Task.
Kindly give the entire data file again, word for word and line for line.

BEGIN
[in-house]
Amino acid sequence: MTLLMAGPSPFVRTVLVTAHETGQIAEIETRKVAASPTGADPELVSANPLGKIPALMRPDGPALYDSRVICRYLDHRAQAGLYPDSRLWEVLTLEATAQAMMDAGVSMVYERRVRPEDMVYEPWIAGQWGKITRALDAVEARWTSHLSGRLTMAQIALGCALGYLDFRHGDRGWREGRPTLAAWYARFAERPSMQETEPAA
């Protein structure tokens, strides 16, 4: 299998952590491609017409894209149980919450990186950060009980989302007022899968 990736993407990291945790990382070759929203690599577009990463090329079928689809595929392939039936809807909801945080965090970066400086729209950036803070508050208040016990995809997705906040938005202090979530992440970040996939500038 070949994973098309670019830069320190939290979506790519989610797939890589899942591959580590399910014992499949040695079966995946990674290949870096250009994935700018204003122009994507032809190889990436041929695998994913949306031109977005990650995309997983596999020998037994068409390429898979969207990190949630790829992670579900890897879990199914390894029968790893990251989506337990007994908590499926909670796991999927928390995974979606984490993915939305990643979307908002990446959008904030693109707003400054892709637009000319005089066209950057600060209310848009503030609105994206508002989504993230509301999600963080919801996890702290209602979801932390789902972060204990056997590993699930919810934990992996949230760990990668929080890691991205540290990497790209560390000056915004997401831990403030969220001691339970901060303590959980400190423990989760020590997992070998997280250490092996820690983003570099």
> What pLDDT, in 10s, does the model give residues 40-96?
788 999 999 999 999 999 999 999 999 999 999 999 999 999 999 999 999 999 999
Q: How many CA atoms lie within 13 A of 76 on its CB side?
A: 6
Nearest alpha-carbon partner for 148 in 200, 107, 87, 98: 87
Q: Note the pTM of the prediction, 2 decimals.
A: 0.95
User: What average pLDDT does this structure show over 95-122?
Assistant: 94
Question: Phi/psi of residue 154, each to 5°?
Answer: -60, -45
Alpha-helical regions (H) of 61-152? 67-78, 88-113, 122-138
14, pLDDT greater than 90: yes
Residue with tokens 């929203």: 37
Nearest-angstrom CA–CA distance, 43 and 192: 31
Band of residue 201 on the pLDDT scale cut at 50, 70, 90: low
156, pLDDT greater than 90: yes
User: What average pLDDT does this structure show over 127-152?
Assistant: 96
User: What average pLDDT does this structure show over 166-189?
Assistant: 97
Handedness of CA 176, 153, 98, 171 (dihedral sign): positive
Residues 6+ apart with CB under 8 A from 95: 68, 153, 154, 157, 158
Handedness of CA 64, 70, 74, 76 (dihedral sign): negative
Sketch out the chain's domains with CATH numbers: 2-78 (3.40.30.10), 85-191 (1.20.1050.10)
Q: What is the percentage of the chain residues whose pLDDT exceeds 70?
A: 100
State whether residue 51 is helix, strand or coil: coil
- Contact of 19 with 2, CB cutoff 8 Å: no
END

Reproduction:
[in-house]
Amino acid sequence: MTLLMAGPSPFVRTVLVTAHETGQIAEIETRKVAASPTGADPELVSANPLGKIPALMRPDGPALYDSRVICRYLDHRAQAGLYPDSRLWEVLTLEATAQAMMDAGVSMVYERRVRPEDMVYEPWIAGQWGKITRALDAVEARWTSHLSGRLTMAQIALGCALGYLDFRHGDRGWREGRPTLAAWYARFAERPSMQETEPAA
């Protein structure tokens, strides 16, 4: 299998952590491609017409894209149980919450990186950060009980989302007022899968 990736993407990291945790990382070759929203690599577009990463090329079928689809595929392939039936809807909801945080965090970066400086729209950036803070508050208040016990995809997705906040938005202090979530992440970040996939500038 070949994973098309670019830069320190939290979506790519989610797939890589899942591959580590399910014992499949040695079966995946990674290949870096250009994935700018204003122009994507032809190889990436041929695998994913949306031109977005990650995309997983596999020998037994068409390429898979969207990190949630790829992670579900890897879990199914390894029968790893990251989506337990007994908590499926909670796991999927928390995974979606984490993915939305990643979307908002990446959008904030693109707003400054892709637009000319005089066209950057600060209310848009503030609105994206508002989504993230509301999600963080919801996890702290209602979801932390789902972060204990056997590993699930919810934990992996949230760990990668929080890691991205540290990497790209560390000056915004997401831990403030969220001691339970901060303590959980400190423990989760020590997992070998997280250490092996820690983003570099």
> What pLDDT, in 10s, does the model give residues 40-96?
788 999 999 999 999 999 999 999 999 999 999 999 999 999 999 999 999 999 999
Q: How many CA atoms lie within 13 A of 76 on its CB side?
A: 6
Nearest alpha-carbon partner for 148 in 200, 107, 87, 98: 87
Q: Note the pTM of the prediction, 2 decimals.
A: 0.95
User: What average pLDDT does this structure show over 95-122?
Assistant: 94
Question: Phi/psi of residue 154, each to 5°?
Answer: -60, -45
Alpha-helical regions (H) of 61-152? 67-78, 88-113, 122-138
14, pLDDT greater than 90: yes
Residue with tokens 């929203």: 37
Nearest-angstrom CA–CA distance, 43 and 192: 31
Band of residue 201 on the pLDDT scale cut at 50, 70, 90: low
156, pLDDT greater than 90: yes
User: What average pLDDT does this structure show over 127-152?
Assistant: 96
User: What average pLDDT does this structure show over 166-189?
Assistant: 97
Handedness of CA 176, 153, 98, 171 (dihedral sign): positive
Residues 6+ apart with CB under 8 A from 95: 68, 153, 154, 157, 158
Handedness of CA 64, 70, 74, 76 (dihedral sign): negative
Sketch out the chain's domains with CATH numbers: 2-78 (3.40.30.10), 85-191 (1.20.1050.10)
Q: What is the percentage of the chain residues whose pLDDT exceeds 70?
A: 100
State whether residue 51 is helix, strand or coil: coil
- Contact of 19 with 2, CB cutoff 8 Å: no